Alongside the photographs, which will be installed in the downstairs gallery of the venue as both prints and projections, Hance is contributing her own video installation on “the in-betweens of everything, all the rehearsals, all the photo shoots, following when a dancer has finished something and they’re waiting for the next shot — what is their body doing, how are they reacting, how are they listening, how are they engaging with each other — picking up those bits of things.” When the attendees have had time to walk through and absorb the visual installations, the dancers will start to slowly appear and “subtly relate” to what’s going on before leading the audience upstairs where seating is set up for the live performance.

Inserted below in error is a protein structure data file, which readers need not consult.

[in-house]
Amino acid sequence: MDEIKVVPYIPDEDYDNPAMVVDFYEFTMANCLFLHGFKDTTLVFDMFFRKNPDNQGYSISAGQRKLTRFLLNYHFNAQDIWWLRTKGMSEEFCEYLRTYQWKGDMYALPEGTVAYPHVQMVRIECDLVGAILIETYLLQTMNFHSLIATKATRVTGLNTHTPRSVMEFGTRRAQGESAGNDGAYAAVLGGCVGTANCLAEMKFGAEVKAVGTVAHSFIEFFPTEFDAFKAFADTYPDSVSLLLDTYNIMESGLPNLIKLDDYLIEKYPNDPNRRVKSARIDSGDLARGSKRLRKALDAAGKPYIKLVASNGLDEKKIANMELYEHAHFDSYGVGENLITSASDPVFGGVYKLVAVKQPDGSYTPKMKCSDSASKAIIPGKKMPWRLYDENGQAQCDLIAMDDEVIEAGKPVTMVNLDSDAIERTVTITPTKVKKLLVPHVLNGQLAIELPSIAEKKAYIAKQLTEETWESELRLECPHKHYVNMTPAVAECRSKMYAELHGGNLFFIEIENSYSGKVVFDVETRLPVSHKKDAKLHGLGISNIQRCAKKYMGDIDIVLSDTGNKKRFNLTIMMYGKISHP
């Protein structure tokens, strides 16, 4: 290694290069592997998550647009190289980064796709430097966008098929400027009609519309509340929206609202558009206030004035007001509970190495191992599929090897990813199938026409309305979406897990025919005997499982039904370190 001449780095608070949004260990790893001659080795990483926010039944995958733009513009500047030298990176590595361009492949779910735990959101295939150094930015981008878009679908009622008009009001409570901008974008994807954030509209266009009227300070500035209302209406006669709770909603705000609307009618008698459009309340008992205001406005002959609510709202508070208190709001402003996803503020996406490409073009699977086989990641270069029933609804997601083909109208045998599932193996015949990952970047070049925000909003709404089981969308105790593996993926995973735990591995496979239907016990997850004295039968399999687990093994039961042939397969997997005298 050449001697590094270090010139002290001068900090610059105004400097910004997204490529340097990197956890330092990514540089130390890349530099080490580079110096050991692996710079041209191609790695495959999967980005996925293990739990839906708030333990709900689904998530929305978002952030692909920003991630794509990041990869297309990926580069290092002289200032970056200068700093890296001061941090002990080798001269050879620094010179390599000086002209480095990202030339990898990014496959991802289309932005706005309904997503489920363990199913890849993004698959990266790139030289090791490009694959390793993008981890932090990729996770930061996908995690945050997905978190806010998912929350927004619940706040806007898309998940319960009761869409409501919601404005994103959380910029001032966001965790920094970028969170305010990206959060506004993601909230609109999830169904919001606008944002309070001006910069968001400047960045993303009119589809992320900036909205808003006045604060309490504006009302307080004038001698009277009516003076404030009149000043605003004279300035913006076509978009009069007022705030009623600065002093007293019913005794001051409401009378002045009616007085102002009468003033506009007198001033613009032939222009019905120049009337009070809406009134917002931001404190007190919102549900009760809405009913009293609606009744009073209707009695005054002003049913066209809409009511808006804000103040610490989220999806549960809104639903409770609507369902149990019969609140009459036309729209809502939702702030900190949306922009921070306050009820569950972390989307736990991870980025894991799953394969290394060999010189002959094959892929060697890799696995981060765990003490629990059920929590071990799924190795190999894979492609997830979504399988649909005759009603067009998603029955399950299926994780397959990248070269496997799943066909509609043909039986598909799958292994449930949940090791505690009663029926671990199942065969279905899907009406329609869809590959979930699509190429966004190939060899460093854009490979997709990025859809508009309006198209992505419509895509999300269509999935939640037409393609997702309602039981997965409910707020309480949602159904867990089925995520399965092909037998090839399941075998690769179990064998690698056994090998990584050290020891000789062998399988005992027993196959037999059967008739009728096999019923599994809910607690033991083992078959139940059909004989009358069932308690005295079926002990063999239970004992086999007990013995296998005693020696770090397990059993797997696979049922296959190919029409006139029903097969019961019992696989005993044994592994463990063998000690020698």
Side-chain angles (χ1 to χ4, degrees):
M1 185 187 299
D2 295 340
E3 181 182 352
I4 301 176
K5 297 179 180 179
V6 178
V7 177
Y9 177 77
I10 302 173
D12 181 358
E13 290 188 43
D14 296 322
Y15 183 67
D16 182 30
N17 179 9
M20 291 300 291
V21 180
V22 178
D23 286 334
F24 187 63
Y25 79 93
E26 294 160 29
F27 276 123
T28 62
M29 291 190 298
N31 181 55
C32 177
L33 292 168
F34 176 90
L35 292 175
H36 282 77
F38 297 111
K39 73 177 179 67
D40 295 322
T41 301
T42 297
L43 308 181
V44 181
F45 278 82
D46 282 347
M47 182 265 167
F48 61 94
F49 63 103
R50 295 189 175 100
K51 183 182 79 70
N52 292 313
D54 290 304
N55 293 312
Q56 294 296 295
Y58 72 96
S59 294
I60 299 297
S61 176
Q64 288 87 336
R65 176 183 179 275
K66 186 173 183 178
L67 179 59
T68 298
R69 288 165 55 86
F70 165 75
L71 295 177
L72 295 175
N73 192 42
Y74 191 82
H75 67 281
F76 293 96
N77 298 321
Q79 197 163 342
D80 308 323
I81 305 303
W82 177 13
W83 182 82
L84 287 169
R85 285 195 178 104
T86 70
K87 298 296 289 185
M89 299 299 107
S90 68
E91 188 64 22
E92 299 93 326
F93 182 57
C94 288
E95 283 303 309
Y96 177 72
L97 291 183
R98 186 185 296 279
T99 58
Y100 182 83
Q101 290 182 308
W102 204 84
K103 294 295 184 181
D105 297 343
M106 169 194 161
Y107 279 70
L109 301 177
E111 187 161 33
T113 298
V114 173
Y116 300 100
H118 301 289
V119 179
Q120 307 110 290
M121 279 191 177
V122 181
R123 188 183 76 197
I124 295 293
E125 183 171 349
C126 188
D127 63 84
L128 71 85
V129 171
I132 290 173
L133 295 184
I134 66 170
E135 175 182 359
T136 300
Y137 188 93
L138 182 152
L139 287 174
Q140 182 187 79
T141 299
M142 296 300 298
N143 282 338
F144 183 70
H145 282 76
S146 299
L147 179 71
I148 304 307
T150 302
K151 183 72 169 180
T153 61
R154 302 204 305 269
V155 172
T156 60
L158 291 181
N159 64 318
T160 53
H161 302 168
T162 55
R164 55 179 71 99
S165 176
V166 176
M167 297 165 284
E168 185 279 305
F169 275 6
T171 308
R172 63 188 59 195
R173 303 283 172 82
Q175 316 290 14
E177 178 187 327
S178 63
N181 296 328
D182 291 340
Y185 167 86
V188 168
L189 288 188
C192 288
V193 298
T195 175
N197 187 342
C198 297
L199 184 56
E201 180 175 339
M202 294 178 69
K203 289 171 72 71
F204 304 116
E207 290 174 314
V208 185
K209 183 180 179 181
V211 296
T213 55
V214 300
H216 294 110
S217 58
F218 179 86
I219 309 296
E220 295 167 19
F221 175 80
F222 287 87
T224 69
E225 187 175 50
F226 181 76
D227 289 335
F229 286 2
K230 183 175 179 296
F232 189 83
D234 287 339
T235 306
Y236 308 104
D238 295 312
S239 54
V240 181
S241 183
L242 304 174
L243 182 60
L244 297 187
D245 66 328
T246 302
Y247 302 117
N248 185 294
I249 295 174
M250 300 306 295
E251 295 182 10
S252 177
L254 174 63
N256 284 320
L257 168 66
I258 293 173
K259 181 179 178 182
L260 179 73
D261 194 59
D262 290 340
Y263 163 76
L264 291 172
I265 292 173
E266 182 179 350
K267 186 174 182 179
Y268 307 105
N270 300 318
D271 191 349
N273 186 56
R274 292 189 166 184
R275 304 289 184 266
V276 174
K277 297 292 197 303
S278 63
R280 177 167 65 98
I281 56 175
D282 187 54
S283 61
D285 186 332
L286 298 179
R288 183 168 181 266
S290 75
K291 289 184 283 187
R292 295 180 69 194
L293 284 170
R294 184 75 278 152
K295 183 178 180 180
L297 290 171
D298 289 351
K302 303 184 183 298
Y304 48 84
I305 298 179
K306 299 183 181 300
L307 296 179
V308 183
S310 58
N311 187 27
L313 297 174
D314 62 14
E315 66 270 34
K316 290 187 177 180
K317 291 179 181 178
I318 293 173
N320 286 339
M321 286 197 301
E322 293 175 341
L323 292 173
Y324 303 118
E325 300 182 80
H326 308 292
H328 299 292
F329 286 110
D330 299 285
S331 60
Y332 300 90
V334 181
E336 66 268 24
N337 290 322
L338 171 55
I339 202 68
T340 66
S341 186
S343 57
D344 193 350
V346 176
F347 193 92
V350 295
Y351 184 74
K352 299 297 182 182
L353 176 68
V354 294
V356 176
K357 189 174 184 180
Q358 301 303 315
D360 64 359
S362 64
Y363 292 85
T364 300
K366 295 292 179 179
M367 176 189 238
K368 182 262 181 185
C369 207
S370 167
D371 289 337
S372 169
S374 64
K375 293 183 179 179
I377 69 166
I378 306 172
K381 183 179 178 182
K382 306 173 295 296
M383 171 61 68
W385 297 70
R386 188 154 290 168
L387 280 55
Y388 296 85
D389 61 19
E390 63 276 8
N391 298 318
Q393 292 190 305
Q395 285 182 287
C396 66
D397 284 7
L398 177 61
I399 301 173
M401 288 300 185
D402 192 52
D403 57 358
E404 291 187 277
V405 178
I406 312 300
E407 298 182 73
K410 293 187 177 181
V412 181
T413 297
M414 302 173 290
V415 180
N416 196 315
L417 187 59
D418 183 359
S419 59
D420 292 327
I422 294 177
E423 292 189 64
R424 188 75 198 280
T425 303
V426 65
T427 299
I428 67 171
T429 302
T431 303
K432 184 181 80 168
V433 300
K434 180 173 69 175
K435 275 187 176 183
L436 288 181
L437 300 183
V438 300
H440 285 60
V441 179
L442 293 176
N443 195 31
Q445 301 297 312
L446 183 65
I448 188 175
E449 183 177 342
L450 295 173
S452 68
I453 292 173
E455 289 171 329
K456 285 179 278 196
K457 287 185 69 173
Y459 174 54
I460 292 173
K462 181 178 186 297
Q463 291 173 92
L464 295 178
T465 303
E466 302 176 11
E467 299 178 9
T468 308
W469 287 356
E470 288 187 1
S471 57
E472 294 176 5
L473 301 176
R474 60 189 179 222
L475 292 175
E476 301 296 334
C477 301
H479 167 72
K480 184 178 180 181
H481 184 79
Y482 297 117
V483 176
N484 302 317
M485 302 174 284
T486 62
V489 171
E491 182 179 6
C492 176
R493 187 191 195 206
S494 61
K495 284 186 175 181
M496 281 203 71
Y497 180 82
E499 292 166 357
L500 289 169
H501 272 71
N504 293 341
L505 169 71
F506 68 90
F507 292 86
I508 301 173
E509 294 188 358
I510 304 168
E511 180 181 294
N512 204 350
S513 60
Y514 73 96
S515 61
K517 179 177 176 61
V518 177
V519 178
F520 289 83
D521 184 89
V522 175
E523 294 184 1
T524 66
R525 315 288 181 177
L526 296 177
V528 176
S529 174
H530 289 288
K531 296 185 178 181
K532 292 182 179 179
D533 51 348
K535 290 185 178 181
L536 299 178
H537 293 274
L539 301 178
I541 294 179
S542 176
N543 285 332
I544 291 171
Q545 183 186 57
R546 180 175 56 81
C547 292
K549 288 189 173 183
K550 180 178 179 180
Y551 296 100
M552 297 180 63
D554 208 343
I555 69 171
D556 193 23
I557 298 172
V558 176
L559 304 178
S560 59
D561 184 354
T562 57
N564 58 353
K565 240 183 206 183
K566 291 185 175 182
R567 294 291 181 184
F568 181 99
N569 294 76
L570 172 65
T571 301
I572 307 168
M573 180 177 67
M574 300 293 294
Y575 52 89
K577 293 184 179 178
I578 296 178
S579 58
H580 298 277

While providing context for a work is typically meant to help anchor the audience to a specific interpretation of the show, Frame Dance’s CONTEXT is intended more to inspire confidence in its audience to find their own significance in the event. “Through the discussion and through the choice of having all these other artists have a voice on the piece that I created, I’m hoping to validate people’s experience and people’s own impressions of what they see in art. That’s something that has come up a lot. I’m always trying to ask people who don’t come to art events normally, what did you think of that? Honestly? — ‘Well, I think I got it but I’m not totally sure if I got it.’ My heart is to give them the freedom and the power to know that whatever you received from that is valid and that’s enough and you don’t need to have any confirmation of your experience to have actually gotten something out of it… I want people to be engaged and come back for more.”